Some good news...
It's no secret that McMansions are slowly creeping into the neighborhood. Several one-story ranch-style houses have recently been razed and replaced with grossly out-of-proportion and out-of-place McMansions. Fortunately, not all news is bad news. In fact, several houses are in the process of being restored or appear to be saved.
330 Electra - Could it be that this house has finally been rescued from it's status as a rental. The new owner apparently is the owner of an art gallery and is looking forward to filling the house with 1950s furniture. While this is no guarantee that the house will be fixed up, it certainly sounds like they are the right kind of person to rescue the only example of this Floyd design in Houston.
12923 Memorial - This house was recently purchased by an architect who plans on renovating and restoring the home. The owner has the original plans which should aid in the process. Apparently, much of the house is in original condition and includes an exotic mural that was painted by the original owners. I'll post a photograph of the mural soon.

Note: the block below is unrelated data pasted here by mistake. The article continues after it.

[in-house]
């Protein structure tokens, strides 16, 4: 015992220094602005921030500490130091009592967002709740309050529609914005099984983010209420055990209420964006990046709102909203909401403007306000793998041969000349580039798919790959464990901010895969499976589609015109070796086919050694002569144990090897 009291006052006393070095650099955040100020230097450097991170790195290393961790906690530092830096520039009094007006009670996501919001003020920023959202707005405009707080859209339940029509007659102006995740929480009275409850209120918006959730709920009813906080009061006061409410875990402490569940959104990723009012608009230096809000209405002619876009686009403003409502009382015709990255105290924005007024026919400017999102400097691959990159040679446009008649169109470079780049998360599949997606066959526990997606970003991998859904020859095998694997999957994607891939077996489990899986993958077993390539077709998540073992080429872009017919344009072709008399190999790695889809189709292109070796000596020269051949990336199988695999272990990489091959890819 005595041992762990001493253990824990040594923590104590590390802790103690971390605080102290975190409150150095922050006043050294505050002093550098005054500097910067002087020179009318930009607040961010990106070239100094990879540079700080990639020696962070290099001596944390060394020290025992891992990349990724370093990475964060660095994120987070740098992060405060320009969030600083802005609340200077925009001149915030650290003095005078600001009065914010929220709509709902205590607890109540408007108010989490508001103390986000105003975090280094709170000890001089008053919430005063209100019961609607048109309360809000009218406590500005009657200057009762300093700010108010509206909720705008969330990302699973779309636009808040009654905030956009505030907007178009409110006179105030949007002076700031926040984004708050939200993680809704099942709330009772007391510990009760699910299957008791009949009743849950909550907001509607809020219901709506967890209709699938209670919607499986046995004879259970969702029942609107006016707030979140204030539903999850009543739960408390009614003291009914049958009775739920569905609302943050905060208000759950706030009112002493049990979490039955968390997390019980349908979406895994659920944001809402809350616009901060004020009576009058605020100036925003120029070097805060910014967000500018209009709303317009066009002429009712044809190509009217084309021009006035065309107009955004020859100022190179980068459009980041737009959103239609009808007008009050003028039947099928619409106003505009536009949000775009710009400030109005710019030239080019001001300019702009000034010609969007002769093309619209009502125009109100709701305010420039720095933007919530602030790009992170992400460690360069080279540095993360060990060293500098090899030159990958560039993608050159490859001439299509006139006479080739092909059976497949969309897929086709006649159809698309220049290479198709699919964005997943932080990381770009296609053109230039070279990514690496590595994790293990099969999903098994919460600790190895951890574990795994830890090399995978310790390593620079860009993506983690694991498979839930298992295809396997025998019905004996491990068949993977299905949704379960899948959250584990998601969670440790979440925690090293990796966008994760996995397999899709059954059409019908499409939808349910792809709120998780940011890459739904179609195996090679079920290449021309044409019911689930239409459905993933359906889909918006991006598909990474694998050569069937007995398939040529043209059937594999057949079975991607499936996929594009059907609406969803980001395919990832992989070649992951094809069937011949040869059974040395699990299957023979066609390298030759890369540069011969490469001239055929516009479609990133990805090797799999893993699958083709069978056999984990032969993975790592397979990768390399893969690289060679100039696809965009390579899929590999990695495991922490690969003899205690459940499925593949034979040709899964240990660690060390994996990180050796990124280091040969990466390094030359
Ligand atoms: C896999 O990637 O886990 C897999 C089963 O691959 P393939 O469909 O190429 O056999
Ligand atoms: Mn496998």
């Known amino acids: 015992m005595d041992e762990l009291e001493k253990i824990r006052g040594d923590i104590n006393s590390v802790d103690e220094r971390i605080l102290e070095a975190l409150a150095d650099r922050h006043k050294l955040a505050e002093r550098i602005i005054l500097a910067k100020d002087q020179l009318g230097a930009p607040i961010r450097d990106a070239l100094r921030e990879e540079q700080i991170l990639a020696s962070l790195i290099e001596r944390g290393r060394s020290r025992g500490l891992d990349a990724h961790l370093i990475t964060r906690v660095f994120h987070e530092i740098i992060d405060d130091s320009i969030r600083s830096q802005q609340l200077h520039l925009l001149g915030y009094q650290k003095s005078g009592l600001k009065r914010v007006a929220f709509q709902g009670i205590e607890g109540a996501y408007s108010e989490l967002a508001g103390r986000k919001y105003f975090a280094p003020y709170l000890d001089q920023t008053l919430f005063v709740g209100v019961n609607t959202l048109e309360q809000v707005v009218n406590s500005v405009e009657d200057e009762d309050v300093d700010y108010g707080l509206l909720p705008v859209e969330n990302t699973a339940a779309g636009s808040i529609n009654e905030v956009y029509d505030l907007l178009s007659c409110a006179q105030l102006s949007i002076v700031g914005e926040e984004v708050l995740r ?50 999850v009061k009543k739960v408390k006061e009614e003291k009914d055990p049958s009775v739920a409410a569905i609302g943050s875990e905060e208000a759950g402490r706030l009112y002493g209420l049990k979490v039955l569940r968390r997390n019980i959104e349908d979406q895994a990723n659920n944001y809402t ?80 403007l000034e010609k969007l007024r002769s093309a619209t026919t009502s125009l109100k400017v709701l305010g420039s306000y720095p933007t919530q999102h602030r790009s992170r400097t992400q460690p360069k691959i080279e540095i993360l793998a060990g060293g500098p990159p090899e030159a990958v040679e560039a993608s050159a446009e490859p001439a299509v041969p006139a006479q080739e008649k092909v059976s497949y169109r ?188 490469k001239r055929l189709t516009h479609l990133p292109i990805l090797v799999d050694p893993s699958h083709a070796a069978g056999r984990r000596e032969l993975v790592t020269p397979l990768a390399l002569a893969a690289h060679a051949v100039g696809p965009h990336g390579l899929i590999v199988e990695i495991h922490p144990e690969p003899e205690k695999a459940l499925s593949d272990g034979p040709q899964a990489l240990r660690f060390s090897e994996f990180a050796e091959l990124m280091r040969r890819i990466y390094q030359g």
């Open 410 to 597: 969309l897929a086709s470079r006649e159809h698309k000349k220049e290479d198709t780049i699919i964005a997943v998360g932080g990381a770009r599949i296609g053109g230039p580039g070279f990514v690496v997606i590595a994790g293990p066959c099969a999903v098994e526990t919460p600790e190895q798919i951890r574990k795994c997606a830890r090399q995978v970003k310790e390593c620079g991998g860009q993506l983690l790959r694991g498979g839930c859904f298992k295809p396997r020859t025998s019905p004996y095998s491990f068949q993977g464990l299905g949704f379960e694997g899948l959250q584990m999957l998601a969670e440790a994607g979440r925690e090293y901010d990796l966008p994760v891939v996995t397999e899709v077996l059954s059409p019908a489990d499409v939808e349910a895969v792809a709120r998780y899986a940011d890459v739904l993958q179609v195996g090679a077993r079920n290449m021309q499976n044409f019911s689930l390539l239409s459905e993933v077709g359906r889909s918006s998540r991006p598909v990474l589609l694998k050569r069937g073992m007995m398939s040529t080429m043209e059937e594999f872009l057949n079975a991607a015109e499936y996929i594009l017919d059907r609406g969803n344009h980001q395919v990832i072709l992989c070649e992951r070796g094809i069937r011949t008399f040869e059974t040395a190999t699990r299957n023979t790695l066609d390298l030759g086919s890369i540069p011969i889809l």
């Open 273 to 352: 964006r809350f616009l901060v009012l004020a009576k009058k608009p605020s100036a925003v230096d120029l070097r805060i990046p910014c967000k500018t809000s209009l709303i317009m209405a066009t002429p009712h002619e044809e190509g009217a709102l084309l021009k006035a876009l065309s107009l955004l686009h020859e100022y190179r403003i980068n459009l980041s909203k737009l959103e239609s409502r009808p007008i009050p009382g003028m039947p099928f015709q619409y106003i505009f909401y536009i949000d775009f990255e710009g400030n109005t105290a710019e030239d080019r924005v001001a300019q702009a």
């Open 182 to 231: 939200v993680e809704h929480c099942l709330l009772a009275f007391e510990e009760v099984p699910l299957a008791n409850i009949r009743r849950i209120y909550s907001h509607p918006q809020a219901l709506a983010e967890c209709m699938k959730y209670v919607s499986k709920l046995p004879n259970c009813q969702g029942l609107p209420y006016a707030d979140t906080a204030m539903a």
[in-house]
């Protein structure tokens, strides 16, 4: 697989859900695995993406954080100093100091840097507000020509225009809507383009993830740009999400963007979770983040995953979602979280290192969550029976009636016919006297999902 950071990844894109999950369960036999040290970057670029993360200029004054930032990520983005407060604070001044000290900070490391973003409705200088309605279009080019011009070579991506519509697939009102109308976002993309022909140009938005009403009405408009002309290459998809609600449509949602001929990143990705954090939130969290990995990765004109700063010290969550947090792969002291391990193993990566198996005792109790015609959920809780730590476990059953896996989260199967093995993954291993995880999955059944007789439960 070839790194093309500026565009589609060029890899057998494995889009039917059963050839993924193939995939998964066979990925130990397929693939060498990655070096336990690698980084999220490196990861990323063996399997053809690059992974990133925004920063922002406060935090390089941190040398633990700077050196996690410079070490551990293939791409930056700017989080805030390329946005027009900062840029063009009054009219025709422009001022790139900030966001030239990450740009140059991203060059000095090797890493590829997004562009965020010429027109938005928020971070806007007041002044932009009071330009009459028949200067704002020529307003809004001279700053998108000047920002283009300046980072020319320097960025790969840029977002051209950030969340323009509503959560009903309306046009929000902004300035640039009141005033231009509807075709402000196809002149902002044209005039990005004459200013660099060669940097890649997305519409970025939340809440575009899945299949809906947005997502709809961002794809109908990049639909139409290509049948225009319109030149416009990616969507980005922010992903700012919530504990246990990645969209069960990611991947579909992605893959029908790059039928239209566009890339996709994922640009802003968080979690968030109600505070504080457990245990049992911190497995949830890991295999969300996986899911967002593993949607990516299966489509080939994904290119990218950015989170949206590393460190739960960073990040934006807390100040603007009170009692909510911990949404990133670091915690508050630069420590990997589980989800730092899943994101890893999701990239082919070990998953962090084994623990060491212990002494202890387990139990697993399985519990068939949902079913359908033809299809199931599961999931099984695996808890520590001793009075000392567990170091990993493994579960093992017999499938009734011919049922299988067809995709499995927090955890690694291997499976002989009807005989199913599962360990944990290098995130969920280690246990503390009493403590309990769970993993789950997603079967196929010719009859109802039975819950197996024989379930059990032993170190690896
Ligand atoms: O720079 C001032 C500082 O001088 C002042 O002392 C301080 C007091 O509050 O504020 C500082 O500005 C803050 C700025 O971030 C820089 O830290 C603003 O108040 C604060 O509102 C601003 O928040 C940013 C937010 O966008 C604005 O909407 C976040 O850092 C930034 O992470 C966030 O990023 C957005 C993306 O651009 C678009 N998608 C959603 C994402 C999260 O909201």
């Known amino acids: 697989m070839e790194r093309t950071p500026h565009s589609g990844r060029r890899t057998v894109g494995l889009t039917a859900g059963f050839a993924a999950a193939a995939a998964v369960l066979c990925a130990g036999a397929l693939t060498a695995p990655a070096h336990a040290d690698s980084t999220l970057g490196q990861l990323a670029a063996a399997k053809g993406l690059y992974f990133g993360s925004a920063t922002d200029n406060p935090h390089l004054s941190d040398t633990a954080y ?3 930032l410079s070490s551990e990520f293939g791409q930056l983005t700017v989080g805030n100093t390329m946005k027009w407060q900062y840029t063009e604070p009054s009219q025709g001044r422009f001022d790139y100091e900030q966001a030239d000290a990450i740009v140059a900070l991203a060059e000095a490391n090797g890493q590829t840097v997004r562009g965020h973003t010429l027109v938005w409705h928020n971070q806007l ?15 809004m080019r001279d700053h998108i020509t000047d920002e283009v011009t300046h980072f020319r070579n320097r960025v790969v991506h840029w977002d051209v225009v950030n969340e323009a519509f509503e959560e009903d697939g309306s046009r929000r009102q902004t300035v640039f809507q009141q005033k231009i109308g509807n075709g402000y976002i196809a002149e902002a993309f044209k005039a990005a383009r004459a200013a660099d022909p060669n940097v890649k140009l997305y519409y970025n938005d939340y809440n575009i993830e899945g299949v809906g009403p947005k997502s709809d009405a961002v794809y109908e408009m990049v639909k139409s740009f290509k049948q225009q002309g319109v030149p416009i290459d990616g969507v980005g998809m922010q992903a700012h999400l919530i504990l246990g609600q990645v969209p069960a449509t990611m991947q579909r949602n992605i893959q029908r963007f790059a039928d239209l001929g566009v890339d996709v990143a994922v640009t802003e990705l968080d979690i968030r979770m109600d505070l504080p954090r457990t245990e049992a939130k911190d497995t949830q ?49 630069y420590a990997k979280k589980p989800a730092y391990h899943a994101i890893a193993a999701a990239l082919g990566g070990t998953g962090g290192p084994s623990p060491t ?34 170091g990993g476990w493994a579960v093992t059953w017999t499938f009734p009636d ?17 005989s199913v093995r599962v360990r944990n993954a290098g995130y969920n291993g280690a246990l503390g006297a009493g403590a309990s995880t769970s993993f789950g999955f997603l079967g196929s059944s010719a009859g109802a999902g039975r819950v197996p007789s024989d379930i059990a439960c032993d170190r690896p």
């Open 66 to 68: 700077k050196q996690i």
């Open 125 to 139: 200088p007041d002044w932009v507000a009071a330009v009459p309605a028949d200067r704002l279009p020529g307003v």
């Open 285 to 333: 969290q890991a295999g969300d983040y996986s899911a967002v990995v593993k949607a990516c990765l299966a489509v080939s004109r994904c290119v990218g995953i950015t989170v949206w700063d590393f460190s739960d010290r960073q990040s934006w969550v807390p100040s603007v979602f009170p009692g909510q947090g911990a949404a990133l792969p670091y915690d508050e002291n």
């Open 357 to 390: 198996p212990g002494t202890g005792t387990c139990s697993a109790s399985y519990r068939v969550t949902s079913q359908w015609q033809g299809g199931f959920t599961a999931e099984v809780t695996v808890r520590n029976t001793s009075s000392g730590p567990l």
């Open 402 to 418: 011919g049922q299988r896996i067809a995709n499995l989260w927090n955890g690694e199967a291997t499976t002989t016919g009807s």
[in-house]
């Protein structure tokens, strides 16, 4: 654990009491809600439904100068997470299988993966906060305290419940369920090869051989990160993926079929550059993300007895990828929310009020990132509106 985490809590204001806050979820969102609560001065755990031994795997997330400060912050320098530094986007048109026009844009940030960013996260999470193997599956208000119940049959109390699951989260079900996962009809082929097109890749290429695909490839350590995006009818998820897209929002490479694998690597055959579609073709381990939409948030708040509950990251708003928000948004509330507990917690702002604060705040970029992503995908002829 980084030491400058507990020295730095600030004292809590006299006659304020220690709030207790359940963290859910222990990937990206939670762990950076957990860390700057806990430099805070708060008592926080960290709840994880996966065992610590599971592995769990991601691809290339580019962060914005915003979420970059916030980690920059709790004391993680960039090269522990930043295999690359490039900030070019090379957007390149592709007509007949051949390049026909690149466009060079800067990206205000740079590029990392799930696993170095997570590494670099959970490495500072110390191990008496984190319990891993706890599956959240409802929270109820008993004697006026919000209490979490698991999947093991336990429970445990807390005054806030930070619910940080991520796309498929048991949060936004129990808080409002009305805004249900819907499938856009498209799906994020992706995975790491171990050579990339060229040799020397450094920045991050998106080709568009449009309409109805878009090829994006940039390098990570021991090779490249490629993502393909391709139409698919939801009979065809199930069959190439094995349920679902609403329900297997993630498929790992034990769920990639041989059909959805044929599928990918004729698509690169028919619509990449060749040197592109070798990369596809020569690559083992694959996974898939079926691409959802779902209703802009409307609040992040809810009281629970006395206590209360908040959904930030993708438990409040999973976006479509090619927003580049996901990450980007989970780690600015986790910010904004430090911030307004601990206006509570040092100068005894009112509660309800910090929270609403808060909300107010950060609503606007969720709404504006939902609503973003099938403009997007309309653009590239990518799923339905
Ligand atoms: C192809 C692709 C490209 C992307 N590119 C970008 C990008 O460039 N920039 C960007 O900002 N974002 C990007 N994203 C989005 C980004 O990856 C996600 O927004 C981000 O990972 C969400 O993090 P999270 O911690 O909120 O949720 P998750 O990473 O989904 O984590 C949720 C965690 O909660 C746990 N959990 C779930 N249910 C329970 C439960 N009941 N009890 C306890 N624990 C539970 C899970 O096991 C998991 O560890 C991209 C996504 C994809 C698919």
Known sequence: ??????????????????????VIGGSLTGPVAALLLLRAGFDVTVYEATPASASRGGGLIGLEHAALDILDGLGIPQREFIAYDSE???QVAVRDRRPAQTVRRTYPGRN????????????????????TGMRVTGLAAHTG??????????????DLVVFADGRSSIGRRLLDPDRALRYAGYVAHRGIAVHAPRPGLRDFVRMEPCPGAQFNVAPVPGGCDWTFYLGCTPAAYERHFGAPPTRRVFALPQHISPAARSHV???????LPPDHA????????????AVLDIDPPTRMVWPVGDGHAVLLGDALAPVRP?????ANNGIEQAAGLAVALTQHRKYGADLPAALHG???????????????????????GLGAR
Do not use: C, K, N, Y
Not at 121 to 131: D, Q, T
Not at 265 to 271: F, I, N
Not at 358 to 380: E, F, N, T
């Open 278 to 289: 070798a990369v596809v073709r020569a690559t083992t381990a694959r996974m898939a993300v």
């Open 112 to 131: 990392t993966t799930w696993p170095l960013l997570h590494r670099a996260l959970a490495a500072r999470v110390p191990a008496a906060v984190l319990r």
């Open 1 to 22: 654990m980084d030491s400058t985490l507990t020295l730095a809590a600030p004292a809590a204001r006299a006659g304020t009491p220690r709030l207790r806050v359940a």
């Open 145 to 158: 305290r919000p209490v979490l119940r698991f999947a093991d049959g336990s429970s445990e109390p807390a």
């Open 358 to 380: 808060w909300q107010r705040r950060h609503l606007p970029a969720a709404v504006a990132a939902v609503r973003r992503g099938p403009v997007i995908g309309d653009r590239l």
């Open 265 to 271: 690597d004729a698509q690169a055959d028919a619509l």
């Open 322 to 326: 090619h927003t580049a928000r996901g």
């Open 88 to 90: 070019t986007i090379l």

12923 Hansel - Termite and mold got a hold of Floyd's award-winning house but the new owners, an architect and his wife, are gradually restoring this home.
423 Isolde - After years as a rental property, this house was purchased by a couple that loves modern architecture and mid-century design. Chalk this house up as another success story!
New Construction in the Bend
One of my frustrations with developers who come into Memorial Bend is their disregard for the character of our unique neighborhood. Build from 1955-1959, Memorial Bend has an eclectic architectural mix of predominantly one-story ranch and mid-century modern houses. Most homes are low, rambling and well-proportioned to each other. Mature trees and lushness define the look of the neighborhood with enough elbow room for neighbors to "breathe".
Yet, here comes another developer ready to plop down a house that will look utterly out of place in Memorial Bend that, given the description, will probably require scraping of trees and zero lot line construction. Get ready for a white elephant to pop up on Gretel: